The French  infantry captured two of the four wagons; one other turned back to take the largely unguarded Northern route, whilst the remaining sees if it can out distance the French and reach some of its own forces. Maybe it escaped from the Hussite game?  meanwhile, a Hungarian infantry uinit has routed one of the French units with some timely flank fire, and the spooked French Chasseurs have rallied, and are now in pursuit of the fleeing wagon on the South side of Klagenfurt. In the event, they get a move card and fall short of the wagon by an inch or so. GD Rusca is feeling a bit lonely in Klagenfurt, with no troops to defend him at all!


    Shortly thereafter, the French reach zero Army Morale Chips! Being quite a lot smaller, they had considerably fewer chips to start than the Austrians. Even though they inflicted far more damage than they suffered, the multiple failed attempts to rally the Chasseurs drained their supply. (In their defense, I had accidentally switched the morale chip stashes of the two sides, and it wasn't until well into the game that I realized my error, and shifted 8 chips from one side to the other!)  Soon thereafter, the French turned the Major Morale Check card and failed almost all of their morale checks. At that point we called the game a draw; the French battered the Austrians and captured half the wagons. but the Austrians compelled the French to return to the safety of Klagenfurt, and made off with the rest of the wagons and the bulk of their forces, ready to reinforce Erzherzog Johann... with the Battle of Raab fast approaching. As for the ill fated GM Schmidt, well, the less said the better!

    Thanks to all of the players for putting up with the outrageous slings (and swings) of fortune in this game, and the GM's being rather rusty with classic Piquet after 2 years since my last game played with same. It was a hoot, ladies and gentlemen!

15 comments:

  1. Sounds like you had a super day. I know how that feels : I had a blast exploring the "Maurice" rules set. Not laughed so much in years. I do so agree with you on the Gill books. Since my Napoleonics are aimed strictly at 1809 I would be lost without them. Furthermore the other book that accompanies them is also superb. "With eagles to glory" covering the germanic allies is also a definite must have.

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    1. Exactly, Robert I had my copy of "With Eagles" well before Gill's 1809 trilogy started coming out, so I already knew it would be awesome!

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  2. Great to see that 'Classic' PK still garners a super game experience.
    What is 1/3 Impetus ? Loser of impetus gets 1/3 of winners rather than none ?

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    1. With a small group of players who "get" it, Piquet is still hugely fun. Eric's Charlotte Rule of 1/3 means that the losing side gets 1/3 of the impetus of the winner, rounded down, so closer to about 30% on average. The French rolled really well, and the Austrians twice turned a Command Indecision card at the start of the few longer runs they won!

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  3. Fabulous write-up Peter. Sounds like the players had a ball, well, the French gunners at least—until that morale draw!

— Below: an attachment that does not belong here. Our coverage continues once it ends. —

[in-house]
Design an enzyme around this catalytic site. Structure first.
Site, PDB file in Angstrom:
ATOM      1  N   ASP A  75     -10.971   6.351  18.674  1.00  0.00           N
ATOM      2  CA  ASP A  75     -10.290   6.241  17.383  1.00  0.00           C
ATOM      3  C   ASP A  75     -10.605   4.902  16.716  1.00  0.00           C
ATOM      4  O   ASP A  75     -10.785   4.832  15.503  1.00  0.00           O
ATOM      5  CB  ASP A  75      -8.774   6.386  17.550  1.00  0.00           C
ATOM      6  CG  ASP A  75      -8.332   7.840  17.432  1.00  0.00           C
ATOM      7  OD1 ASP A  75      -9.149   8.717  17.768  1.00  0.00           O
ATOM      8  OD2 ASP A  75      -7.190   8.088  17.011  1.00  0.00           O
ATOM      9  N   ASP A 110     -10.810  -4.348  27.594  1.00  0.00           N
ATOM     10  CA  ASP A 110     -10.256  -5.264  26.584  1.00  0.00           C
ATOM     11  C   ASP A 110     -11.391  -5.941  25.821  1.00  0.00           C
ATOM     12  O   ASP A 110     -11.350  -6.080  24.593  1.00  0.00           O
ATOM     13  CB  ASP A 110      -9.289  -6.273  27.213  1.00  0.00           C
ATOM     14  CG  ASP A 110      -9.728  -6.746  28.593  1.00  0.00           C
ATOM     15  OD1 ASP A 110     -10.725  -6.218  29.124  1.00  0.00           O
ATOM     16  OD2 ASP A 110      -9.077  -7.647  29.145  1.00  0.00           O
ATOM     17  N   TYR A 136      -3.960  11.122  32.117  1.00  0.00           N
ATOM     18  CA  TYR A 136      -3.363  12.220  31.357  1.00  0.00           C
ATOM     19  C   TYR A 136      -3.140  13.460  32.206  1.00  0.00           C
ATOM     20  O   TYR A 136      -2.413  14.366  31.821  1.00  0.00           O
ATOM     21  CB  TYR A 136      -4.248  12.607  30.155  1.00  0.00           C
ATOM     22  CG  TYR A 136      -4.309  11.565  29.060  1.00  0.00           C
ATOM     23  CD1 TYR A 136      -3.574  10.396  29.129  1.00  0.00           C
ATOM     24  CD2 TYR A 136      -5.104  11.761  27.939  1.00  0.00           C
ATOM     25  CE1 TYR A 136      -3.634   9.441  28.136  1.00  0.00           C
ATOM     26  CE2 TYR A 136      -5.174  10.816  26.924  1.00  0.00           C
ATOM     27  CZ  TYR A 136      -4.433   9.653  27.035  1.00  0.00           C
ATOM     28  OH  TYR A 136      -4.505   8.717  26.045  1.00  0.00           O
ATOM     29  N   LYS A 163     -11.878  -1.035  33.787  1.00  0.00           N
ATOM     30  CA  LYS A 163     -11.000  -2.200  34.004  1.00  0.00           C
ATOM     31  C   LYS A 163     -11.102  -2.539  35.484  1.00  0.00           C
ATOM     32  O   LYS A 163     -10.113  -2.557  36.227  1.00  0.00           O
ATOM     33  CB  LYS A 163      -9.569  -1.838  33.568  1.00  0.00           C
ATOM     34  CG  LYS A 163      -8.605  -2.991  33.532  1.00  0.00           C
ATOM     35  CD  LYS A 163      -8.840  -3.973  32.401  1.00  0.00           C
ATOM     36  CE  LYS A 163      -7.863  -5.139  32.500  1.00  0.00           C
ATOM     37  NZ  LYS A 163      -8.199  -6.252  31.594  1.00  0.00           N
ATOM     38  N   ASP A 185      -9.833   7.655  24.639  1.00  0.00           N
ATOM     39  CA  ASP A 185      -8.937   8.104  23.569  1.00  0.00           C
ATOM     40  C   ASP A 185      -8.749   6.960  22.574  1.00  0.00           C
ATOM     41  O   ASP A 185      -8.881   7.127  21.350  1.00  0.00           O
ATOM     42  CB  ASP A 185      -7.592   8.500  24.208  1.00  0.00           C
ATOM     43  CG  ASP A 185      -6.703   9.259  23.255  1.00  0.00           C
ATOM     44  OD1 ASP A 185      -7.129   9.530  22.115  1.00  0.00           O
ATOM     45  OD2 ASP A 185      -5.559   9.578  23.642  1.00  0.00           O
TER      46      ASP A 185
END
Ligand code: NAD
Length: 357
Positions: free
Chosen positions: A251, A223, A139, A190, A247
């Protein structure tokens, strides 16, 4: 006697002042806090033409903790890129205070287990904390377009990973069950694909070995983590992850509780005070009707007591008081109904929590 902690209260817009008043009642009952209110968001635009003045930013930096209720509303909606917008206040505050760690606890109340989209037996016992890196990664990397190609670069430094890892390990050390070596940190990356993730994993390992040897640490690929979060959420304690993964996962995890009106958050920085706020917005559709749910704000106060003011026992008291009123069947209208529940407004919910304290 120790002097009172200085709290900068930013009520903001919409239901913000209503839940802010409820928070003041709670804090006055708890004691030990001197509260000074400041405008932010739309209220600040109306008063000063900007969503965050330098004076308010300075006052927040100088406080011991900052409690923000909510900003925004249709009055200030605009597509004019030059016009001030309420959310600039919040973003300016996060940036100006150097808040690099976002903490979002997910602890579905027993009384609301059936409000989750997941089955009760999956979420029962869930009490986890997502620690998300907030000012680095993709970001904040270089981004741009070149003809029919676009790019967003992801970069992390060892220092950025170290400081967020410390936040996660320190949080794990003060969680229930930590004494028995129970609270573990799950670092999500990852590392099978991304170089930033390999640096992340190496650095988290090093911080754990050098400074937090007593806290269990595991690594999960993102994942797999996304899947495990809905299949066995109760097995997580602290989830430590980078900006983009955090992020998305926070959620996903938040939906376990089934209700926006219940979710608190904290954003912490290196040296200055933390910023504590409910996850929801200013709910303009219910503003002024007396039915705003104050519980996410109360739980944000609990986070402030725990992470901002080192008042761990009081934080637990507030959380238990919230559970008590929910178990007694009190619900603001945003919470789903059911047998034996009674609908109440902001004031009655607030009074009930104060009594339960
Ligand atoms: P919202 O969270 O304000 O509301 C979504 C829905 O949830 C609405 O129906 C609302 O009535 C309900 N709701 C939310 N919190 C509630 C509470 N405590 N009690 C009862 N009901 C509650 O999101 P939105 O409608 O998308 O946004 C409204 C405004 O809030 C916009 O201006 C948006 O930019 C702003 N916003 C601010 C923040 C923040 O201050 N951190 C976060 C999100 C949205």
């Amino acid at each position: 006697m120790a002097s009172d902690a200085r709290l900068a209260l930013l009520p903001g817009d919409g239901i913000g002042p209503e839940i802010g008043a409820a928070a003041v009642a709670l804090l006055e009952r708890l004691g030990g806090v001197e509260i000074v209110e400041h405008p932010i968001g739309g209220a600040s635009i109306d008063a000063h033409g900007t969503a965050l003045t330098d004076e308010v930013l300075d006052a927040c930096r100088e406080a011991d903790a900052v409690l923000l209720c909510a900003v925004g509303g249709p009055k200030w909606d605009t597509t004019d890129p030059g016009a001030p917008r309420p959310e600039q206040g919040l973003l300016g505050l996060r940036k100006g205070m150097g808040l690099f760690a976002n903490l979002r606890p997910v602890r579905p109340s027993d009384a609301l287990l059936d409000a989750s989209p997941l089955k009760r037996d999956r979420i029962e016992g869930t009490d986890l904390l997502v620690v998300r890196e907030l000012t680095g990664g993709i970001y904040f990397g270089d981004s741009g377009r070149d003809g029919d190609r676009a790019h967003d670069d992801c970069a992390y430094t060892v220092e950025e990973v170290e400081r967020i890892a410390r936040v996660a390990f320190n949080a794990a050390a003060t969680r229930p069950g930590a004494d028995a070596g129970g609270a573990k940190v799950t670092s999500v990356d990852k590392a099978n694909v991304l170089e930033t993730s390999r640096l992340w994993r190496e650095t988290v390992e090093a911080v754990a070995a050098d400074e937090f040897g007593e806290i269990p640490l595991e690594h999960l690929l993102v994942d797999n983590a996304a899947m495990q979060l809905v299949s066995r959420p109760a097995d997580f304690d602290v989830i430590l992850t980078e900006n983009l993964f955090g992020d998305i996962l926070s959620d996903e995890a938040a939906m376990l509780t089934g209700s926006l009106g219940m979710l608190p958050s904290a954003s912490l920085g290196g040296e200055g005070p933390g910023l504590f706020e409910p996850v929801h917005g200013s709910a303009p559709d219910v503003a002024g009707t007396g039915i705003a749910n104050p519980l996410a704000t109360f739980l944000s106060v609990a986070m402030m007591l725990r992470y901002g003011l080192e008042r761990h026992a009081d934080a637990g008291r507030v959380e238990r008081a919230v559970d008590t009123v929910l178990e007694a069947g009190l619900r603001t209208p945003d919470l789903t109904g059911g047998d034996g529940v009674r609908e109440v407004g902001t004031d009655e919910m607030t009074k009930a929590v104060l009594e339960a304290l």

Would you say that random effects are greater than other rules, or was it merely this game and the key impacts that occurred?

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    1. Piquet is by nature a fairly a chaotic game, that is about managing uncertainty, AND making the most of what you get. Inexperienced players will try to do almost everything with every unit. Experienced players often burn through the card deck looking for the decisive cards they need, rather than wasting impetus on low return actions. In that regard it is a very challenging game, and one that really lends itself to narrative.

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  4. Another great scenario Peter and thanks for the "hat tip" to the warren.
    The Franco-Italians played their part.... and the Austrians took it. Interesting the movement of Oberst Volkmann from the heights. And GM Schmidt.... played his poor performance once again.
    Now I have to read your latest game on the Hussite scenario.

    Michael aka WR

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    1. The tip of the headwear was exceedingly well deserved (and saved me from having to attempt something not half as well done!) It was quite a fun game, but would have been better with better Austrian luck. I d\id handicap them with the sequence decks, especially the awful Command Indecision Card. However, that seemed entirely appropriate historically. The French also drew an extra "Infantry Move in the Open" card as part of the pre game process, which was a MOST useful; card for this scenario! On the other hand that cost them morale points, which they sorely needed more of.

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  5. Great looking aar, nice to see the aged fort works well and good call for the thunder/blunder on the danube as I've succumbed to napoleonics and they sound great!
    All the best Iain

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    1. Tnanks, Iain! I had planned on using parts form my nearly as old Gallia Castle, but they wound up getting left behind at our big Winter 1807 Campaign event, and I have yet to retrieve them, so the Fort, hand built by a freind from High School circa 1970, got the call. I don't think there are any books as well suited to what a wargamer wants to know, and as engagingly and well written, as Gill's. Not to say there aren't many other excellent works, of course!

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  6. Entertaining scenario and report Peter! At last an excuse to collect supply wagons and paint Italians!

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    1. Thanks, David! I have probably gotten more use out of my Italians than any French allies save for the Bavarians. They also fought at the siege of Colberg in 1807, and in 1809 at Sacile, The Piave, Tarvis, St. Michael and Raab under Eugene, and then of course at Wagram as well, in Spain from 1809 - 1813, at Borodino and Maloyaoslavetrs in 1812, and in many of the 1813 battles including Dennewitz. Trust me, David, you NEED some Italians! :-)